Measuring seasonality in new housing starts

Andrey Kamenov

Andrey Kamenov, Ph.D. Probability and Statistics

The second half of the year traditionally sees more new housing starts. In fact, in this post, we’ll see that seasonality here is somewhat more complex. Is your job is related to the construction industry? Then you most likely have to take this into account.

The U.S. Census Bureau provides microdata for its Characteristics of New Housing survey. Any user would probably encounter several technical difficulties using the data. The most important is sampling the data. According to our estimates, it slightly reduces the effect of seasonality, but luckily it still allows us to compare different samples.

Another issue to consider is the difference in the total number of days in each month. Of course, it’s really only a major issue in February, where it may account for a 10 percent dip alone. But to be consistent, we adjust the monthly rates as if each month had exactly 30 days in it. This way, we may take at least one factor out of the equation and focus on deeper trends in the observed numbers.

To analyze the data, we use the X-13-ARIMA-SEATS algorithm developed by the Census Bureau. Many researchers consider this technique to be state-of-the-art for general seasonality detection problems.

Let’s see where this approach takes us. Click on the chart below to see the larger interactive version pop up.

New housing starts by month

Now, while it may be quite interesting to scroll through the numbers, it still doesn’t say much about any factors that come into play here.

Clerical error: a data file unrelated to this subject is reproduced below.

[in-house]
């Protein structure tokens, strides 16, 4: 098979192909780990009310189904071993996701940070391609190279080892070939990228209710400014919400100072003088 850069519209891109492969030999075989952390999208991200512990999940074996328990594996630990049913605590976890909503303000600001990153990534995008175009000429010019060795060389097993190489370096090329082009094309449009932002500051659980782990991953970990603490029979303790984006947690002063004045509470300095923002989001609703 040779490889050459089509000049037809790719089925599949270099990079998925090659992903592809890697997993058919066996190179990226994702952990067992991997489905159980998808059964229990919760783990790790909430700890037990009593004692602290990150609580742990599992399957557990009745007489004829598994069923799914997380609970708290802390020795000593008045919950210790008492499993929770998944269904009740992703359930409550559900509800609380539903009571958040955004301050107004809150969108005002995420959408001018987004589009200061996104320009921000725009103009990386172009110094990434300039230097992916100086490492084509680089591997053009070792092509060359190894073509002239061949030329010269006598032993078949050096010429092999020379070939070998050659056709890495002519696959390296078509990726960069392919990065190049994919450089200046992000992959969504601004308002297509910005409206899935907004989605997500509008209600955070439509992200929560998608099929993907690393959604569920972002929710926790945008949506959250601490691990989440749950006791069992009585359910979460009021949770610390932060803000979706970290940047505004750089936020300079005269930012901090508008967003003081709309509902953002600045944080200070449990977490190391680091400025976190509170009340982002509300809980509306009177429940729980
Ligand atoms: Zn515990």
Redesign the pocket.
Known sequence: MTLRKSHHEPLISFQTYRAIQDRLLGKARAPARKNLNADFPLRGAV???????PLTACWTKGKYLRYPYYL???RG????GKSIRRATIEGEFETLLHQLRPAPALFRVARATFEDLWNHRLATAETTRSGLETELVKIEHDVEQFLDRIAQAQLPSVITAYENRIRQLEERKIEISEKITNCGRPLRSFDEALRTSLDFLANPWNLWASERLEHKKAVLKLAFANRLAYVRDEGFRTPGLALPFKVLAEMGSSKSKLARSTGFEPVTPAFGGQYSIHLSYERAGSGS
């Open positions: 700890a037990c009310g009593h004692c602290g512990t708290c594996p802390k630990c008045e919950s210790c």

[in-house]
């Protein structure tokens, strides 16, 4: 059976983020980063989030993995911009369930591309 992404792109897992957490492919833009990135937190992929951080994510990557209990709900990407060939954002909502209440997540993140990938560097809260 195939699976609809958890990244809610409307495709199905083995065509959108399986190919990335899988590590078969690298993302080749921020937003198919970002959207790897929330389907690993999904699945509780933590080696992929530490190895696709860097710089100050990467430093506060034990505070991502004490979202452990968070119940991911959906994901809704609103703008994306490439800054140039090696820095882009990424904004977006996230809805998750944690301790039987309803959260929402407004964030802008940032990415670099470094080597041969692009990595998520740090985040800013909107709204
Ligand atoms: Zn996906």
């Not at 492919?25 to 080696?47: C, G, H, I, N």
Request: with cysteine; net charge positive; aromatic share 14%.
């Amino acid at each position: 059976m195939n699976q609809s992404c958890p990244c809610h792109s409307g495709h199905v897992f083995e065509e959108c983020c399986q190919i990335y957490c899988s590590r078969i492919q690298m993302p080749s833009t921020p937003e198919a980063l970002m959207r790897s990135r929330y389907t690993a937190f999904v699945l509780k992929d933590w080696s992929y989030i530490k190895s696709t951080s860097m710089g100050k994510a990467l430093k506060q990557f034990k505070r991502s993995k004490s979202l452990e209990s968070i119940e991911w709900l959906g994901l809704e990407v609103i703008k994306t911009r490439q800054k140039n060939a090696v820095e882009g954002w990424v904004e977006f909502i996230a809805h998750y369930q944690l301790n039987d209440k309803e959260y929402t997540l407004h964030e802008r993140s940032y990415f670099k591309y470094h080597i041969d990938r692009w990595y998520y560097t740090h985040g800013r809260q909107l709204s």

Seasonality in new housing starts by division

It also appears that some states have more pronounced seasonal fluctuations. Judging by the standard deviation of monthly distributions, the Midwest is on the top of the list. The northeastern states also have higher-than-average numbers. The fluctuations here are at least twice as large as those in the southern states and on the West Coast.

Let's see if we can find the underlying cause. It appears that the major factor contributing to the difference we see on the map is related to the housing category. While the numbers from May to October are generally higher across all divisions, one particular type of construction projects stand out here.

Here's the chart which focuses only on the three divisions with the highest numbers on the map (30 percent or more). It shows the number new housing starts in each category.

Seasonality by category

Seasonality by housing category

It appears that in these three divisions there is a significant peak in the number of houses built for sale. Many of these are started between June and November. The highest numbers are observed in October.

Source(s): 

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About Andrey Kamenov

Andrey Kamenov

Andrey Kamenov, Ph.D. Probability and Statistics

Andrey Kamenov is a data scientist working for Advameg Inc. His background includes teaching statistics, stochastic processes and financial mathematics in Moscow State University and working for a hedge fund. His academic interests range from statistical data analysis to optimal stopping theory. Andrey also enjoys his hobbies of photography, reading and powerlifting.

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